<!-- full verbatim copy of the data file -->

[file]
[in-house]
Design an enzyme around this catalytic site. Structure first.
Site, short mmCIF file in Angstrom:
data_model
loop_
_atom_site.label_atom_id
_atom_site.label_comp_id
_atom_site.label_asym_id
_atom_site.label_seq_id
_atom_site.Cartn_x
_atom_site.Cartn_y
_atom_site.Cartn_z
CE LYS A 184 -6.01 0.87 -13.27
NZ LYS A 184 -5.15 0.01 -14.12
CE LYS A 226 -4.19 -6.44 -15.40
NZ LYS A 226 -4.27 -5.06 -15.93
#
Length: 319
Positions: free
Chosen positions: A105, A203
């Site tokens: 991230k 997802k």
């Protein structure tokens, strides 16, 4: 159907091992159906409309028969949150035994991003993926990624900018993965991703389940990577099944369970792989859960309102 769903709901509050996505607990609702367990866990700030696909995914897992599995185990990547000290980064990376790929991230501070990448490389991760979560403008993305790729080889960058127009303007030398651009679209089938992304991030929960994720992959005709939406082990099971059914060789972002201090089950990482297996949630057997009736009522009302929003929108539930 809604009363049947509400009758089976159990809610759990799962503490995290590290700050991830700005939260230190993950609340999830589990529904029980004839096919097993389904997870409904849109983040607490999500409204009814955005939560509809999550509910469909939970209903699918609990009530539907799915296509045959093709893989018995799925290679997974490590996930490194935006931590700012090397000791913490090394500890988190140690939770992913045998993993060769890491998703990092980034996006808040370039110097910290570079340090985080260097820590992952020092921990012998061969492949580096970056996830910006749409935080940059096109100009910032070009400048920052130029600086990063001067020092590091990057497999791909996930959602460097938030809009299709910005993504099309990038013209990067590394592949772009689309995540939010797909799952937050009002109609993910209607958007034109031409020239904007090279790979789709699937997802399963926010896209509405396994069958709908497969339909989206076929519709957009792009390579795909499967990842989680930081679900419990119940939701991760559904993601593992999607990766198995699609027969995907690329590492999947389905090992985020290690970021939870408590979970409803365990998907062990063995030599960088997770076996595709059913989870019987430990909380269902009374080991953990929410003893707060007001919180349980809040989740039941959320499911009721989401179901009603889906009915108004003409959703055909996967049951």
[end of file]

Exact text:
[in-house]
Design an enzyme around this catalytic site. Structure first.
Site, short mmCIF file in Angstrom:
data_model
loop_
_atom_site.label_atom_id
_atom_site.label_comp_id
_atom_site.label_asym_id
_atom_site.label_seq_id
_atom_site.Cartn_x
_atom_site.Cartn_y
_atom_site.Cartn_z
CE LYS A 184 -6.01 0.87 -13.27
NZ LYS A 184 -5.15 0.01 -14.12
CE LYS A 226 -4.19 -6.44 -15.40
NZ LYS A 226 -4.27 -5.06 -15.93
#
Length: 319
Positions: free
Chosen positions: A105, A203
């Site tokens: 991230k 997802k």
């Protein structure tokens, strides 16, 4: 159907091992159906409309028969949150035994991003993926990624900018993965991703389940990577099944369970792989859960309102 769903709901509050996505607990609702367990866990700030696909995914897992599995185990990547000290980064990376790929991230501070990448490389991760979560403008993305790729080889960058127009303007030398651009679209089938992304991030929960994720992959005709939406082990099971059914060789972002201090089950990482297996949630057997009736009522009302929003929108539930 809604009363049947509400009758089976159990809610759990799962503490995290590290700050991830700005939260230190993950609340999830589990529904029980004839096919097993389904997870409904849109983040607490999500409204009814955005939560509809999550509910469909939970209903699918609990009530539907799915296509045959093709893989018995799925290679997974490590996930490194935006931590700012090397000791913490090394500890988190140690939770992913045998993993060769890491998703990092980034996006808040370039110097910290570079340090985080260097820590992952020092921990012998061969492949580096970056996830910006749409935080940059096109100009910032070009400048920052130029600086990063001067020092590091990057497999791909996930959602460097938030809009299709910005993504099309990038013209990067590394592949772009689309995540939010797909799952937050009002109609993910209607958007034109031409020239904007090279790979789709699937997802399963926010896209509405396994069958709908497969339909989206076929519709957009792009390579795909499967990842989680930081679900419990119940939701991760559904993601593992999607990766198995699609027969995907690329590492999947389905090992985020290690970021939870408590979970409803365990998907062990063995030599960088997770076996595709059913989870019987430990909380269902009374080991953990929410003893707060007001919180349980809040989740039941959320499911009721989401179901009603889906009915108004003409959703055909996967049951």